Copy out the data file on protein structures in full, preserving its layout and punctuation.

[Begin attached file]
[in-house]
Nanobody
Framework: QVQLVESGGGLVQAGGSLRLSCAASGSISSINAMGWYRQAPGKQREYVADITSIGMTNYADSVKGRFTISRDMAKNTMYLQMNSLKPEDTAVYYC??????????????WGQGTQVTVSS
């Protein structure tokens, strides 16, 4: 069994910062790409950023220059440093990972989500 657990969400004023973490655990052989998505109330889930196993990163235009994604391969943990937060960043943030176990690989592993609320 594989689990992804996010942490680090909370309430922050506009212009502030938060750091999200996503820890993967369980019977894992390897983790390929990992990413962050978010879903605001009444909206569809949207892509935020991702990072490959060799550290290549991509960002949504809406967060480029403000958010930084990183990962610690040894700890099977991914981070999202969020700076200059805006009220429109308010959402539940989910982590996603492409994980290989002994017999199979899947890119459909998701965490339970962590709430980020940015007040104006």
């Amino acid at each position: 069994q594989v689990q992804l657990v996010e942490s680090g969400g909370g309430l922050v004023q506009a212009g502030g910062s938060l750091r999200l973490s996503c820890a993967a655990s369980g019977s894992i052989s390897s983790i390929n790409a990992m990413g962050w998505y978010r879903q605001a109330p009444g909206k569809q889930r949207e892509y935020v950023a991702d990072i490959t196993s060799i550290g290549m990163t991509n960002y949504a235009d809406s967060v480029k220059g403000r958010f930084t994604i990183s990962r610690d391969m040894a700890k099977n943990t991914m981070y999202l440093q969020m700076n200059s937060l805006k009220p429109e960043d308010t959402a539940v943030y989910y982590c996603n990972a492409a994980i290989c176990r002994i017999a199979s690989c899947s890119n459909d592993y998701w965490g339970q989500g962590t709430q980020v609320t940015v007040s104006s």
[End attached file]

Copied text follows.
[in-house]
Nanobody
Framework: QVQLVESGGGLVQAGGSLRLSCAASGSISSINAMGWYRQAPGKQREYVADITSIGMTNYADSVKGRFTISRDMAKNTMYLQMNSLKPEDTAVYYC??????????????WGQGTQVTVSS
């Protein structure tokens, strides 16, 4: 069994910062790409950023220059440093990972989500 657990969400004023973490655990052989998505109330889930196993990163235009994604391969943990937060960043943030176990690989592993609320 594989689990992804996010942490680090909370309430922050506009212009502030938060750091999200996503820890993967369980019977894992390897983790390929990992990413962050978010879903605001009444909206569809949207892509935020991702990072490959060799550290290549991509960002949504809406967060480029403000958010930084990183990962610690040894700890099977991914981070999202969020700076200059805006009220429109308010959402539940989910982590996603492409994980290989002994017999199979899947890119459909998701965490339970962590709430980020940015007040104006």
């Amino acid at each position: 069994q594989v689990q992804l657990v996010e942490s680090g969400g909370g309430l922050v004023q506009a212009g502030g910062s938060l750091r999200l973490s996503c820890a993967a655990s369980g019977s894992i052989s390897s983790i390929n790409a990992m990413g962050w998505y978010r879903q605001a109330p009444g909206k569809q889930r949207e892509y935020v950023a991702d990072i490959t196993s060799i550290g290549m990163t991509n960002y949504a235009d809406s967060v480029k220059g403000r958010f930084t994604i990183s990962r610690d391969m040894a700890k099977n943990t991914m981070y999202l440093q969020m700076n200059s937060l805006k009220p429109e960043d308010t959402a539940v943030y989910y982590c996603n990972a492409a994980i290989c176990r002994i017999a199979s690989c899947s890119n459909d592993y998701w965490g339970q989500g962590t709430q980020v609320t940015v007040s104006s």